Quietly regarding me with large, green soulful eyes, Brooklyn stares me down at the doorway to the kitchen. Her cries are plaintive, she looks longingly at the other cats gathered around the food trays and cries again. Her meaning is clear; “I am a cat, I am not meant to be alone, let me out.” So while the others are occupied with eating, I slip back the bolt and open it a crack. If I am misreading her message, I want to be clear to her, this is her decision to join the crew, not mine. I step back.
She steps boldly into the kitchen and heads for the nearest food tray. Although she has eaten already, she ducks her head and gobbles the wet food. No one pays her any mind, which is part of my plan. I always introduce new cats and kittens during feeding time. This is how they come together in the wild, during feeding time. Where the Alphas feed first and the more submissive ones wait their turn. But here, there is plenty for all and she just blends into the carpet of colored cat fur and is lost among the masses.
The more time I spend with her, the more I understand her terror. She does not fear other cats, she fears humans. I know that fear well. I recognize the fight and courage she holds within that drives her on to her goal, to be part of a group and not singled out for punishment. For her, there is safety in numbers. She is a determined kitty, my Brooklyn holding inside all the terrors of the past. I walk carefully around her afraid to set off triggers.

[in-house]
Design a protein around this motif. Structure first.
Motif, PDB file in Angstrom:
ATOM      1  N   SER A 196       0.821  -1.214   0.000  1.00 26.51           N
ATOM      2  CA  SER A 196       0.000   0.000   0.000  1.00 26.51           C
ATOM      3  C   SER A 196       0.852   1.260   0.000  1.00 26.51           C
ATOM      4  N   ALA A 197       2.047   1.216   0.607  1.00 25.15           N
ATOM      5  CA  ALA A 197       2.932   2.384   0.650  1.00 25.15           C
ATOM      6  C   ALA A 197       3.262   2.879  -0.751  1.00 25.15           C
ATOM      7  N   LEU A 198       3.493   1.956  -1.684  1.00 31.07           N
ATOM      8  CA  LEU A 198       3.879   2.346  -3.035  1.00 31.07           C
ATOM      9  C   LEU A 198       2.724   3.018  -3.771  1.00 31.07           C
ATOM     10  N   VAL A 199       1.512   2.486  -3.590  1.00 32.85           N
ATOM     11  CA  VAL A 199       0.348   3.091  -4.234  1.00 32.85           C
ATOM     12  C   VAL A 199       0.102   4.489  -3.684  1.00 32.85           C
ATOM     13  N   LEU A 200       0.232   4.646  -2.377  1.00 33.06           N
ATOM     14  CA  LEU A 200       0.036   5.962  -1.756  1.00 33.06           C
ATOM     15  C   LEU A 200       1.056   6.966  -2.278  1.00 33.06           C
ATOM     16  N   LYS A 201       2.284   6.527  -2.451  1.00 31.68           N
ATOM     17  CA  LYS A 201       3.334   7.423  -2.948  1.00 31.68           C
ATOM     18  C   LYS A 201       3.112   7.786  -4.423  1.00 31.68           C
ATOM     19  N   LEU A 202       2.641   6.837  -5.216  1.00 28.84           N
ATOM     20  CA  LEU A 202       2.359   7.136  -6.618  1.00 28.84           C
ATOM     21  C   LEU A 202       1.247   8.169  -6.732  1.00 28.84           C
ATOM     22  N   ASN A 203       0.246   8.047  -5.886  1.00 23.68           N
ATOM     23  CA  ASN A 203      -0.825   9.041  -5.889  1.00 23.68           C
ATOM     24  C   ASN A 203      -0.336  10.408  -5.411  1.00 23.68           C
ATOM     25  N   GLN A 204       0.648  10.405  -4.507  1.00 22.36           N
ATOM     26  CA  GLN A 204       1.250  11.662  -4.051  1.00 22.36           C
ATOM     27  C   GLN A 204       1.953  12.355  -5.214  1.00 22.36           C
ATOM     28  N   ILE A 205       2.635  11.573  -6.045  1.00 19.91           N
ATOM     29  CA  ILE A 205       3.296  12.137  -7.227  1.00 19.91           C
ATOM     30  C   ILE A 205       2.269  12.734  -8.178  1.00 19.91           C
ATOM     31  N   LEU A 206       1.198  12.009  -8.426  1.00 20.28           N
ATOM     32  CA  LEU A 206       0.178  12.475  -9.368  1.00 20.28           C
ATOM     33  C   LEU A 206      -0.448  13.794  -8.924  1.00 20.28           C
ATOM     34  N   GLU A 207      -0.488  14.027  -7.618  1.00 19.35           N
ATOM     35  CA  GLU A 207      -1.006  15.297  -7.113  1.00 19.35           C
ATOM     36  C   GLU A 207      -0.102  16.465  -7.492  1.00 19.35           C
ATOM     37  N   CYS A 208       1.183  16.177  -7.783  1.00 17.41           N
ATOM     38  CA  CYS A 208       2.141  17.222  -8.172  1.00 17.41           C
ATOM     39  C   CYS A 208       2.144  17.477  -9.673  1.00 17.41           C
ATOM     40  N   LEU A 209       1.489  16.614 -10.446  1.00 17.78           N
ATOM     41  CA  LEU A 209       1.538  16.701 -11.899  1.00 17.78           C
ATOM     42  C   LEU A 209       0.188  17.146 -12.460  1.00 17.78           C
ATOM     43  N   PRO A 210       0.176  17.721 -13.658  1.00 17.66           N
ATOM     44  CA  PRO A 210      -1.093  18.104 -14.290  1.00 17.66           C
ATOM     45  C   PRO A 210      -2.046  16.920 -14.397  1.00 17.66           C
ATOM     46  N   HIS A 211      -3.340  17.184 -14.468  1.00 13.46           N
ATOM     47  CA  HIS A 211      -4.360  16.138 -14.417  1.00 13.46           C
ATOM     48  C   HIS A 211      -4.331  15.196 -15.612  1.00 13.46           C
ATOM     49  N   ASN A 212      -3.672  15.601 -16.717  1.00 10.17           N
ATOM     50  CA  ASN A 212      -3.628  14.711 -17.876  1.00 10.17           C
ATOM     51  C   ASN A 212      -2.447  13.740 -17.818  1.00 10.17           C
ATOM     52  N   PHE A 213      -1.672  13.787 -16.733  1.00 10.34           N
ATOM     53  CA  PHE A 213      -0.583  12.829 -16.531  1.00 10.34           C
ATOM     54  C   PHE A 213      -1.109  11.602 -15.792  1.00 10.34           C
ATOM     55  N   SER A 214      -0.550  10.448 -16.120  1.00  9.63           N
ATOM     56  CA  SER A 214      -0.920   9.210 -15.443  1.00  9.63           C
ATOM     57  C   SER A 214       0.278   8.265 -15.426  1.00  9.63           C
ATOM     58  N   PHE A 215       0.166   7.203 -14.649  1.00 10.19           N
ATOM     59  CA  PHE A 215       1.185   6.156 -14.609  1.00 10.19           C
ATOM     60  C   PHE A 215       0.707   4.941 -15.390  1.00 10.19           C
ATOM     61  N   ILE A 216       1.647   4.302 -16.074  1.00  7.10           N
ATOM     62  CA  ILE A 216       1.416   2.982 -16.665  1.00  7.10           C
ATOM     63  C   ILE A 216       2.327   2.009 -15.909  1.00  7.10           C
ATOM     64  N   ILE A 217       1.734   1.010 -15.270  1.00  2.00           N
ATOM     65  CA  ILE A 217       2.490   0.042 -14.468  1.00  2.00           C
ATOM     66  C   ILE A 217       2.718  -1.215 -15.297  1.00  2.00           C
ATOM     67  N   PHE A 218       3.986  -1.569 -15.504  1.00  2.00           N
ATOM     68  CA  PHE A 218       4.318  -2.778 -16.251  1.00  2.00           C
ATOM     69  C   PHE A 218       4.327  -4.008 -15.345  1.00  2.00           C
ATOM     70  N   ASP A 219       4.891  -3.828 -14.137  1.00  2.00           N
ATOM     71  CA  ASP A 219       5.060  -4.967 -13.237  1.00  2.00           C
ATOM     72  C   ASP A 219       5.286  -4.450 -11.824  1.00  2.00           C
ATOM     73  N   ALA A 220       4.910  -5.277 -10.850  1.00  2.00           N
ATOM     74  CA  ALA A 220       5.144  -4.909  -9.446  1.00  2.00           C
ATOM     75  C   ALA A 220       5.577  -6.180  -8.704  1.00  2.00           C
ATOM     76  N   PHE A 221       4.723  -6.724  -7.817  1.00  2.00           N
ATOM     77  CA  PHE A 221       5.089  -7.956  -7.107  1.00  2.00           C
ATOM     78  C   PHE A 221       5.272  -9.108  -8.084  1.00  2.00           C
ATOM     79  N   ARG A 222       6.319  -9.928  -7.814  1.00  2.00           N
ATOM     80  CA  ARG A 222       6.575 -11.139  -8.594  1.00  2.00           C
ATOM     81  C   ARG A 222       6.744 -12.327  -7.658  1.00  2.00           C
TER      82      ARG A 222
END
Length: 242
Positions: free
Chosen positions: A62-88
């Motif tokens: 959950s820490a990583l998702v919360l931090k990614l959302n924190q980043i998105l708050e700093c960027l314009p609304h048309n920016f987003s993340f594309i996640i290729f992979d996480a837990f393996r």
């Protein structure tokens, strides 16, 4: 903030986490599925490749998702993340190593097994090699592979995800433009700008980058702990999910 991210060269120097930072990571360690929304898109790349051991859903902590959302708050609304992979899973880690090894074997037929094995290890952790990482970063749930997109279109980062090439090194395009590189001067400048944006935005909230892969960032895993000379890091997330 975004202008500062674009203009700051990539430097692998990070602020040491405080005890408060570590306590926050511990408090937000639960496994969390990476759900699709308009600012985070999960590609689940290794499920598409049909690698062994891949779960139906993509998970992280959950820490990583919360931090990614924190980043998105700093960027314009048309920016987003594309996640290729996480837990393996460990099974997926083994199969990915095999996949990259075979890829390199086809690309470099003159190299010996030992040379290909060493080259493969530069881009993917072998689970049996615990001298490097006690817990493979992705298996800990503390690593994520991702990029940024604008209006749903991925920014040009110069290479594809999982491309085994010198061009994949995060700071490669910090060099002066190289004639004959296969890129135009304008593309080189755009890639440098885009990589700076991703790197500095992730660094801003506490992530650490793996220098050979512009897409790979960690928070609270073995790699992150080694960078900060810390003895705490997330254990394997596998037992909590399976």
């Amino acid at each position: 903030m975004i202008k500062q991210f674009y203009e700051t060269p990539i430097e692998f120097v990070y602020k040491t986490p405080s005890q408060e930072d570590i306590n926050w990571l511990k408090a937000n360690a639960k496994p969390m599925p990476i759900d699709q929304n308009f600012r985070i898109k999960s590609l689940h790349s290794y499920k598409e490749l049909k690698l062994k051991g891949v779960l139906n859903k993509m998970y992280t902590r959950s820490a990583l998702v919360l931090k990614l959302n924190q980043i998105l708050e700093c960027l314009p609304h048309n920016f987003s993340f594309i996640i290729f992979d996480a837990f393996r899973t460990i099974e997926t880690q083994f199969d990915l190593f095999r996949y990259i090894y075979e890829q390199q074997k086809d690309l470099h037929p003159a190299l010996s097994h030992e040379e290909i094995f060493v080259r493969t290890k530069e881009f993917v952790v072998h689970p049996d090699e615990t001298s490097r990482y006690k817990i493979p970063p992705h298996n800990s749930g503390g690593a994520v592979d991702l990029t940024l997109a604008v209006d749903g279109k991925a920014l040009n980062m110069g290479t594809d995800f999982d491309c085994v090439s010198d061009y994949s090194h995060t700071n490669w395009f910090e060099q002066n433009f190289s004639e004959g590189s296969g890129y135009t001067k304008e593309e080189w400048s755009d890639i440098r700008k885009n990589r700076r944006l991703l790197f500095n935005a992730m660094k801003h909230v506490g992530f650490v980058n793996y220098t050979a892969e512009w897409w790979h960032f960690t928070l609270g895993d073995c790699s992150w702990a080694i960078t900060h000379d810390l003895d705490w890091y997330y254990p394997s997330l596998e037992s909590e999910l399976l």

Only when she approaches me am I allowed to touch her. The pets have to be brief. Lingering to long with her can cause problems. She acts really chill, but there is a warning just underneath that coolness.
Her attraction to me was immediate as if she sensed we were kindred spirits. She wears her scars inside, mine are hidden by well-placed shirts and jeans. The marks run haphazardly across my stomach and my back, making days of being at the beach in a two-piece, also a thing of the past. They are a freeway of harsh reminders when the clothes are removed and I stand in front of my mirror in the mornings.
The marks can be covered up cosmetically. Years ago, my best friend Jeri suggested I get tattoos. I declined. These marks remind me of a life long ago, when a young, naive woman ran off with a man, she was “certain” would love her forever. But forevers exist only in fairy tales and sometimes fairy tales turn into nightmares.
As I watch Brooklyn navigate through the clowder, skirting the ones she knows instinctively to be the Alphas and hissing to all the others, her message is being sent. “No one is going to mess with me ever again.” I know just how she feels.